The C suite in corporate America is rarely plagued with a “crisis of confidence” and thus, while not always right, is rarely in doubt.

The year 2016, however, shook the foundations of conventional wisdom. Chicago Cubs won the World Series, even after going down 3 games to 1. Brexit caught the EU and the world by surprise by such a populist outcome. But the greatest shock was the biggest US political upset in 60 years, if not in US history. So, how could so many be so wrong, and what lessons can corporate America learn from this?

  1. Make sure you have based plans and decisions on correct data. The science of polling was set back decades by the election results as Hillary Clinton was repeatedly reported as a virtual sure thing even hours before the election. Whether you believe that broadcast and published media have a bias in the reporting, few got the forecast correct. Certainly, social media and fake news were instrumental in such a radical populist movement, but few if any corporate plans for 2017 had THAT outcome in their assumptions. 
  2. Be nimble. No matter how sure you seem to be about your assumptions, wise leaders always consider a contingency plan and should always ask the question, “What if I am wrong?” Some of the greatest opportunities have risen in early stages of industry seismic shifts and “black swan” events. The vision of a Bill Gates to see the software opportunity secondary to the PC technology explosion and Apple’s transformation of the music and cell phone industries are recent examples. With the rapidly changing political landscape, planning sessions need to be a happening regularly and not just at annual offsite retreats. The playing field is shifting too quickly.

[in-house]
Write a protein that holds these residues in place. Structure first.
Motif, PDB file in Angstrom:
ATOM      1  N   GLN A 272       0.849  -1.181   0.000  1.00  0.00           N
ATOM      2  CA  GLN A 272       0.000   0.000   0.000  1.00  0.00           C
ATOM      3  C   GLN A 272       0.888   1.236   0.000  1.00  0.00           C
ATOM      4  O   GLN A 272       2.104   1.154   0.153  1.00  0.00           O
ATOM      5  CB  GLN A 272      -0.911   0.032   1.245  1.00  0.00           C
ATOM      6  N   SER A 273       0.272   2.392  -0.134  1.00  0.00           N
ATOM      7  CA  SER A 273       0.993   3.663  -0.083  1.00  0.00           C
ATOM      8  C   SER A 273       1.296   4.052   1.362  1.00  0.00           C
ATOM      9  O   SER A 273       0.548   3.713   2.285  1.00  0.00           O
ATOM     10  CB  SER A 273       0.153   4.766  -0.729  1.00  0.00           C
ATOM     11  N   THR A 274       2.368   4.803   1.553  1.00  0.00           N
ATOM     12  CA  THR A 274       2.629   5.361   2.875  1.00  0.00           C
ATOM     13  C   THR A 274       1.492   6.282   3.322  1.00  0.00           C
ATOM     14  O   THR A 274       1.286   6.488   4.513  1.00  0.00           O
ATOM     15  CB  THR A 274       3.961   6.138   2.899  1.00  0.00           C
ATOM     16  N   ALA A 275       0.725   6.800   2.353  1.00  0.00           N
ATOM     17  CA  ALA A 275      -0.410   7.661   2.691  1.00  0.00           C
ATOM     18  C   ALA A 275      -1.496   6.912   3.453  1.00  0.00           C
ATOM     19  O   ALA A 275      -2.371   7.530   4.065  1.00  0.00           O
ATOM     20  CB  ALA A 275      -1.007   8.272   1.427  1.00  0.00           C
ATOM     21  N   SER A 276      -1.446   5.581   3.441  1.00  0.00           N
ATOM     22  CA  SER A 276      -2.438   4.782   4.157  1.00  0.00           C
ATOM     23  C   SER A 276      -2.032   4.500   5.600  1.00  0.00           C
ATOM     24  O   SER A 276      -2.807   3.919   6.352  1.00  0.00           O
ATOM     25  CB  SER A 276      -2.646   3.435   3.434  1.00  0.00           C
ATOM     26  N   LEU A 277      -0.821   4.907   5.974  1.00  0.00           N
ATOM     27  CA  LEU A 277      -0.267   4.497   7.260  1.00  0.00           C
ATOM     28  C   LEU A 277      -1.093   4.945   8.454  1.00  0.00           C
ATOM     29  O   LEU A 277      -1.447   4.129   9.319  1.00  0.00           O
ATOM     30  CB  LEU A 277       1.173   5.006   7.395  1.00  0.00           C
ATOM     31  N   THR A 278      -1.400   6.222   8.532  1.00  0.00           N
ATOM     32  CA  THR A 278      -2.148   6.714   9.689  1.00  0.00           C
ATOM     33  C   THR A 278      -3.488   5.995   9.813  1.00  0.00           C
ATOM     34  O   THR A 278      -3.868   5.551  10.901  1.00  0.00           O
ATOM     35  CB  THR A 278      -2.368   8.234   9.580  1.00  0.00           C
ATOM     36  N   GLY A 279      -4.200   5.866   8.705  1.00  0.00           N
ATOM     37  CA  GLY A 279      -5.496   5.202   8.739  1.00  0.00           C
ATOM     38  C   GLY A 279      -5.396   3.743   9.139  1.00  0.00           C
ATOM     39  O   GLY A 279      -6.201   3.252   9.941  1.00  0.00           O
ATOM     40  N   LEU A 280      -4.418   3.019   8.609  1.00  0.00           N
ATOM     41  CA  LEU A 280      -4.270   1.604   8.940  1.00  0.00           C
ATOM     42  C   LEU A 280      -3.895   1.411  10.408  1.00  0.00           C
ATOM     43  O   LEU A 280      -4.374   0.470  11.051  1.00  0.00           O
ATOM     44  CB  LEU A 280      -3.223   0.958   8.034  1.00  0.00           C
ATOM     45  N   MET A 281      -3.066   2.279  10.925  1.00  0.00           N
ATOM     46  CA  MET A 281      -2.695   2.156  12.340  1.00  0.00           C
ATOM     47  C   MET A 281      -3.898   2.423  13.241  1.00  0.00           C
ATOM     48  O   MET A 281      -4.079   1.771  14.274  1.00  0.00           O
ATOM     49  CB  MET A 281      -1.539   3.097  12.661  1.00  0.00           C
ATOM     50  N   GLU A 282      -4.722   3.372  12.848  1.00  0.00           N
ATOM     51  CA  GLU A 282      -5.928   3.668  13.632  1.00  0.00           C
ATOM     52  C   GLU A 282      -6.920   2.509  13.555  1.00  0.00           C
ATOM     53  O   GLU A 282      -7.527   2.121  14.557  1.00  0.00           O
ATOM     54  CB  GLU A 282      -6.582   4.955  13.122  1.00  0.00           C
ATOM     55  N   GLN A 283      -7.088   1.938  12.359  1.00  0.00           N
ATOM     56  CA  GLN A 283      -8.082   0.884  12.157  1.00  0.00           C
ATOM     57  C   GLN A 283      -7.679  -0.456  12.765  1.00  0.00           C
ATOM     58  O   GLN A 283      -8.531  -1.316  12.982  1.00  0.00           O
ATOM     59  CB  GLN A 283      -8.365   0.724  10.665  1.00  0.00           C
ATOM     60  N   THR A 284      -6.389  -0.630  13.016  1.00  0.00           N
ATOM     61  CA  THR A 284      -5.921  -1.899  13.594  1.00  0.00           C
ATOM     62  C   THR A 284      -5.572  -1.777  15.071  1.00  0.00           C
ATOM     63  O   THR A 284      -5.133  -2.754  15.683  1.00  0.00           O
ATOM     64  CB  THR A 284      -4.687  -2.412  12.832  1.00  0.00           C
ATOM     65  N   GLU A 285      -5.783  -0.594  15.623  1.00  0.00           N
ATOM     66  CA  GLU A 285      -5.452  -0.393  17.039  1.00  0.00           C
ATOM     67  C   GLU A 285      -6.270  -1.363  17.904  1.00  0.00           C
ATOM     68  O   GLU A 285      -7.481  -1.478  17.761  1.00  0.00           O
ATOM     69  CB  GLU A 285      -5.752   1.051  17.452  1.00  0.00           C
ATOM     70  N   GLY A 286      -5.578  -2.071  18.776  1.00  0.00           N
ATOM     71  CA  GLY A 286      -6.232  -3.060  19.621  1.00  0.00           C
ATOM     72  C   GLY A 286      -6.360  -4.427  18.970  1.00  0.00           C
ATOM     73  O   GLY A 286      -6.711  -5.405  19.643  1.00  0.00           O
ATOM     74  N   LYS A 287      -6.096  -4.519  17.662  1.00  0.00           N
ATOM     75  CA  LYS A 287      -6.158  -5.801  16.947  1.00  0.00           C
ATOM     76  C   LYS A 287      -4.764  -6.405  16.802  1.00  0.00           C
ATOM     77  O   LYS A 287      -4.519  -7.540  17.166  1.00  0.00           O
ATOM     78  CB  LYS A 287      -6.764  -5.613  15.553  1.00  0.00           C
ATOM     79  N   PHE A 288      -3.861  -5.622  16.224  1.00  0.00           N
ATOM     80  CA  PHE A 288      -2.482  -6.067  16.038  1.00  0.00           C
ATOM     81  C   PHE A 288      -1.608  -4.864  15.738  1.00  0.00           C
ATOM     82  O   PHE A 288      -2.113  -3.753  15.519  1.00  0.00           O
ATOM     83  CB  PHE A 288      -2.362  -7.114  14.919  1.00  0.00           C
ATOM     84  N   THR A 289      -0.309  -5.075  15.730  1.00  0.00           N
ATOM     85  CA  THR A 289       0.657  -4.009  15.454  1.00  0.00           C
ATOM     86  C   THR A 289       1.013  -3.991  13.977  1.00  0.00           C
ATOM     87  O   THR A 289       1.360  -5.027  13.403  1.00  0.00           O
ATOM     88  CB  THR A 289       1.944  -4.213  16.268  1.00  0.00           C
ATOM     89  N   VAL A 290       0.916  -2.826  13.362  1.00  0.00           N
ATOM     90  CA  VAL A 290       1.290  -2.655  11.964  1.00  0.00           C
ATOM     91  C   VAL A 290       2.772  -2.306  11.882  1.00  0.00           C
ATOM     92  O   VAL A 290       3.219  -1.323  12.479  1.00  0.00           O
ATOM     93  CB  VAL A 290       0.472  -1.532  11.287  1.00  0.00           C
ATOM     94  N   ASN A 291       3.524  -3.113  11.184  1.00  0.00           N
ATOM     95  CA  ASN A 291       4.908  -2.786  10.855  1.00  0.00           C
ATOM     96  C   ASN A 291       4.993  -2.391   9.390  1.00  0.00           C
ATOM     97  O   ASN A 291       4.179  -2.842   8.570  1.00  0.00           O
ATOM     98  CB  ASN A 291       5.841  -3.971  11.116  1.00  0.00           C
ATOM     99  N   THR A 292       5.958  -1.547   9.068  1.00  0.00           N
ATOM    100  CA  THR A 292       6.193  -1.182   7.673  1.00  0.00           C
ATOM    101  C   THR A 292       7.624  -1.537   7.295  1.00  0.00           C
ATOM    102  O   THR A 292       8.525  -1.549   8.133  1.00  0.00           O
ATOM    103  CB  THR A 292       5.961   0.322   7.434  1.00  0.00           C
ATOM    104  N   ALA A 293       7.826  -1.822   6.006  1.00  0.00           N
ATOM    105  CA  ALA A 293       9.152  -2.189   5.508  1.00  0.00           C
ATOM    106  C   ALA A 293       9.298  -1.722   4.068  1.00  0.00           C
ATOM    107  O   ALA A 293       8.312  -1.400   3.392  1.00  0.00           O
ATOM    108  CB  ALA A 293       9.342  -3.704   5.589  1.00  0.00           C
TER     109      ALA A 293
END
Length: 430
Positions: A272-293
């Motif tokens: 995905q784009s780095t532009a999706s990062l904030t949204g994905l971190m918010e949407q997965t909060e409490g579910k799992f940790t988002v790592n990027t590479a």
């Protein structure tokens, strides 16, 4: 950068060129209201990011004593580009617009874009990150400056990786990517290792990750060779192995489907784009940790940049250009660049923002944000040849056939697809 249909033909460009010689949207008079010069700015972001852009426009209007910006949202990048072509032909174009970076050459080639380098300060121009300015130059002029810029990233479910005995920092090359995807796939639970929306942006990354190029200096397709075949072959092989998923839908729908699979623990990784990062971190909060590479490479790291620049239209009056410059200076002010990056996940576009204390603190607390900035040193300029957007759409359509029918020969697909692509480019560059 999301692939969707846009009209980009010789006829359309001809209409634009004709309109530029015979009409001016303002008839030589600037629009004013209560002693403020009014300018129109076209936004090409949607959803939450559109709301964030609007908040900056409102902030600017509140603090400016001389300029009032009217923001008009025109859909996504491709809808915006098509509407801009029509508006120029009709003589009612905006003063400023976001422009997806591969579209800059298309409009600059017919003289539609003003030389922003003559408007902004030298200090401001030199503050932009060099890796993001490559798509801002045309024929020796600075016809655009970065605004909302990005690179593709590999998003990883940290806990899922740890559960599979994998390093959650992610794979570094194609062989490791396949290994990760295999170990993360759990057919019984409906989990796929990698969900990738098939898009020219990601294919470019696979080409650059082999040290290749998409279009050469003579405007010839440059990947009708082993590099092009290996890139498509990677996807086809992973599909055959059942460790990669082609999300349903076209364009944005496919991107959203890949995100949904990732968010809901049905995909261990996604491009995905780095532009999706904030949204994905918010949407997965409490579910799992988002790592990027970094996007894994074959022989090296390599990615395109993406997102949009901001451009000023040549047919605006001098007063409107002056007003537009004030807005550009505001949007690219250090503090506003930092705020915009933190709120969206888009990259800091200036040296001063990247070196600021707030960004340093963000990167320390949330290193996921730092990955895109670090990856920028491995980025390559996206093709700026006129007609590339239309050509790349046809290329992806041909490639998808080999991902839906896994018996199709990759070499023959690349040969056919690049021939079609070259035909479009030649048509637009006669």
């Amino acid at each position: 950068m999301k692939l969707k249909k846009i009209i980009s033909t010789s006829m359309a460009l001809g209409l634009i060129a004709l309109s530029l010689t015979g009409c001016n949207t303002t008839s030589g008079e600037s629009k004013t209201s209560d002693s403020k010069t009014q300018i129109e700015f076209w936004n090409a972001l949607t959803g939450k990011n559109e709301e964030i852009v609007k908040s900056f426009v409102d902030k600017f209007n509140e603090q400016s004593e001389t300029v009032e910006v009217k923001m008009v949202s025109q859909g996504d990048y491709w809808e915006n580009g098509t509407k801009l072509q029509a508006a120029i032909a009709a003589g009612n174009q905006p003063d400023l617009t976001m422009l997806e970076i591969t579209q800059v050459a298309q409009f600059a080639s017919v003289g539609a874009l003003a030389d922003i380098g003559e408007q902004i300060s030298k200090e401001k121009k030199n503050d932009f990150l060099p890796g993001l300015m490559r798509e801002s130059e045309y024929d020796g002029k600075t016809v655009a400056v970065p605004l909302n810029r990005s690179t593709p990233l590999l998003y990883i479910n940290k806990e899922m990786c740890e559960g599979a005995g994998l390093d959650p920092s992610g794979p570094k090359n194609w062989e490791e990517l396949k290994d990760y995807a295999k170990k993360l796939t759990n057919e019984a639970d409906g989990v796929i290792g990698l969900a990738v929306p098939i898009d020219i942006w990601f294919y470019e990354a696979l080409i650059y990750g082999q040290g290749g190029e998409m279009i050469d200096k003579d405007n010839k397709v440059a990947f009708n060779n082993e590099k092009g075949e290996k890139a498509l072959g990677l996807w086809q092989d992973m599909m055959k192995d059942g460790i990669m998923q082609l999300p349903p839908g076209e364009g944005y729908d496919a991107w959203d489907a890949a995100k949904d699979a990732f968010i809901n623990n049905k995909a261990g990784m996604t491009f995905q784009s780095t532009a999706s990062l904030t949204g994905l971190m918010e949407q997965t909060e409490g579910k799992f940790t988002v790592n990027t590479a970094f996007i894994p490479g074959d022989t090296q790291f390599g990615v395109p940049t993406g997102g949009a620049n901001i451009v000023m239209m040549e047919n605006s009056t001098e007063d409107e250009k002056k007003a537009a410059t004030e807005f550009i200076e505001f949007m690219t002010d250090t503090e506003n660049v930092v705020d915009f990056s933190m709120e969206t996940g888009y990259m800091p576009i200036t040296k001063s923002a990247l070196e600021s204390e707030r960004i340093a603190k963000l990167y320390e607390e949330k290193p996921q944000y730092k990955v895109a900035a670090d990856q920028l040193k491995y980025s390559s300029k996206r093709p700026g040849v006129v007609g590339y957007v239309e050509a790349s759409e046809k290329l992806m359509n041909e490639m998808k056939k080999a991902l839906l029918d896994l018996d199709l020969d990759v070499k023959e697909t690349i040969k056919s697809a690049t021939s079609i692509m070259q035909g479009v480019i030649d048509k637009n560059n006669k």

3. Transform rather than continually improve. The caretaker approach to a continuous improvement business model is now no longer sufficient to building a world-class organization. Successful companies today implement transformational approaches that rethink the status quo, model servant leadership, and inspire and challenge followers to explore innovative and creative solutions to achieve high levels of performance. When disruptor Henry Ford transformed the transportation industry in 1908, buggy whip companies focusing on making better whips, cutting costs, and continuously improving efficiency failed to reinvent themselves and subsequently disappeared from the competitive landscape.

Our president Trump has confirmed in this first 10 days that this will be a most unconventional administration. He will definitely disrupt and transform. He has surrounded himself with some of the most gifted minds in America; strong leaders who do not necessarily share the same opinion as this outspoken President on all issues. That is wise leadership. It appears he seeks counsel from top business leaders on what policy changes are necessary to improve the economy and the quality of life for US citizens. It is clear he will MAKE things happen. Some good… some perhaps with unintended consequences. Regardless, change will occur. Nimble leaders will evaluate quickly and adjust plans to take advantage of evolving opportunities. Caretakers sit back and simply WATCH what happens as they are left behind and later WONDER what happened. 

Which will you be?

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